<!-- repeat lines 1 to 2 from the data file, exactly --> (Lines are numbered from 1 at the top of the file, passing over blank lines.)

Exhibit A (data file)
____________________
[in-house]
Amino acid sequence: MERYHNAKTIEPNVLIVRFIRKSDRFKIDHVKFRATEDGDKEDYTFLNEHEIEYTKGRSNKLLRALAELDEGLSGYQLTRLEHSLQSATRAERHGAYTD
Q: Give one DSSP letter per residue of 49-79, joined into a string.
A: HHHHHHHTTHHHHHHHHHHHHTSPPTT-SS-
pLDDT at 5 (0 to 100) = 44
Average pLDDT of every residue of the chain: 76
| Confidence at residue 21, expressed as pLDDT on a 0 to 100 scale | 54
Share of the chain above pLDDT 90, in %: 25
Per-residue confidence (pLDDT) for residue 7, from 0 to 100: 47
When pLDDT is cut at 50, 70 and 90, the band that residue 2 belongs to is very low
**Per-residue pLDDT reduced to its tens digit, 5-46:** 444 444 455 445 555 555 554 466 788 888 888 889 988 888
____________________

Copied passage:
[in-house]
Amino acid sequence: MERYHNAKTIEPNVLIVRFIRKSDRFKIDHVKFRATEDGDKEDYTFLNEHEIEYTKGRSNKLLRALAELDEGLSGYQLTRLEHSLQSATRAERHGAYTD